Broadband progress is measured by results, not good intentions

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The late Congressman John Lewis once prophetically noted that “access to the Internet is the civil rights issue of the 21st century.” In the long struggle to recognize Lewis’ vision and close America’s digital divide, civil rights advocates have repeatedly reminded policymakers of one central truth: progress is measured by results, not good intentions. In 2015, for example, the Federal Communications Commission modernized Lifeline—a decades-old program that had long helped low-income households obtain phone service—to apply to internet service as well. But restrictions blocked customers of many of the country’s biggest providers from participating. Similarly, mandates and pricing restrictions in the Broadband Equity, Access, and Deployment (BEAD) program may discourage experienced providers from participating. We can and must address the challenges of building broadband networks for the communities that still aren’t served while helping hard-pressed households—including the rural poor—afford internet service. However, we should not strangle these goals in a mess of well-intentioned but ultimately harmful regulations.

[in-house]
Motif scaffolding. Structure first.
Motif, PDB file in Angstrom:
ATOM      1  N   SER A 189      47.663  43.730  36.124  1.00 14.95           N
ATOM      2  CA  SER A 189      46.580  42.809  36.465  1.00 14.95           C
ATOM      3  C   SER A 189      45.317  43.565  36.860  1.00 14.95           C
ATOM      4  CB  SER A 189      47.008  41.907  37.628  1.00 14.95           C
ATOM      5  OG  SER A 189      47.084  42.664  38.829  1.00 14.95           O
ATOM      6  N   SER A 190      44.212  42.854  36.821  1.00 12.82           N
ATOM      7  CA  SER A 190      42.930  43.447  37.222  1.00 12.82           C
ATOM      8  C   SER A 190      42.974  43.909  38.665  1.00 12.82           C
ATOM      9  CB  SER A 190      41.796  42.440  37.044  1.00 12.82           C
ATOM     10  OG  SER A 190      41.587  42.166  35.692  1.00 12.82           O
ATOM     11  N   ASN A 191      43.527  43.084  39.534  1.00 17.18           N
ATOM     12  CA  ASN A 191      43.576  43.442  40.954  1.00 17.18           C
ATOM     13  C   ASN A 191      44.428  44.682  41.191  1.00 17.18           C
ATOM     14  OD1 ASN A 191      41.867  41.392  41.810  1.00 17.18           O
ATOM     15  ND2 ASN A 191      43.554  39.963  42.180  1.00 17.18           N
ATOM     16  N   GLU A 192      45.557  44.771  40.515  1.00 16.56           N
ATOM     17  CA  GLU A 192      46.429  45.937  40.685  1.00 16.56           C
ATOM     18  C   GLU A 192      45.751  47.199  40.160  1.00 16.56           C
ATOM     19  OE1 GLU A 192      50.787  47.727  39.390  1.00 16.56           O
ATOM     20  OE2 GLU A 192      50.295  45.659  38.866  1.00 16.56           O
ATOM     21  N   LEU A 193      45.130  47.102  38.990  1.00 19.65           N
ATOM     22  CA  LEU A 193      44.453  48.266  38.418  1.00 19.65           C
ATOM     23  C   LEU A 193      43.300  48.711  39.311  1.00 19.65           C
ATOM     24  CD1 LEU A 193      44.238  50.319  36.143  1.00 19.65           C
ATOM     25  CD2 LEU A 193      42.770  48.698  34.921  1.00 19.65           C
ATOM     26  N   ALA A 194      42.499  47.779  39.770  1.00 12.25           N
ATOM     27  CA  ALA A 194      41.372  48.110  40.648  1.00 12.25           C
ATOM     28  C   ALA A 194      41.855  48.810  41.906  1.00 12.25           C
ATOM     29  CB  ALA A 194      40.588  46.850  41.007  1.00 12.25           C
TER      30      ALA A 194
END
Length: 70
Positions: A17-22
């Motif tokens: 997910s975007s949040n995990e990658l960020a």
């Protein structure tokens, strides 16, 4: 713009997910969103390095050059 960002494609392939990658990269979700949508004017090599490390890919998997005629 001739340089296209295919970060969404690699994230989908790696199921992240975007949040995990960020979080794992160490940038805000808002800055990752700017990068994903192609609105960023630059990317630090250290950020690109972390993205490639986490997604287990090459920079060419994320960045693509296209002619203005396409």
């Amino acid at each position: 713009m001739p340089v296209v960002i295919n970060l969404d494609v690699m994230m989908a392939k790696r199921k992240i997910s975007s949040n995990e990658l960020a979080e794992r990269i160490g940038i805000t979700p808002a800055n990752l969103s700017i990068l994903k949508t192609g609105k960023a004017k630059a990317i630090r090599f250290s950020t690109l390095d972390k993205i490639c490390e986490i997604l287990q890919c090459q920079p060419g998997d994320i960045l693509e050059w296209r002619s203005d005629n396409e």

[Robert Branson is the president and CEO of the Multicultural Media, Telecom and Internet Council.]

Commentary: Broadband progress is measured by results, not good intentions — Robert E. Branson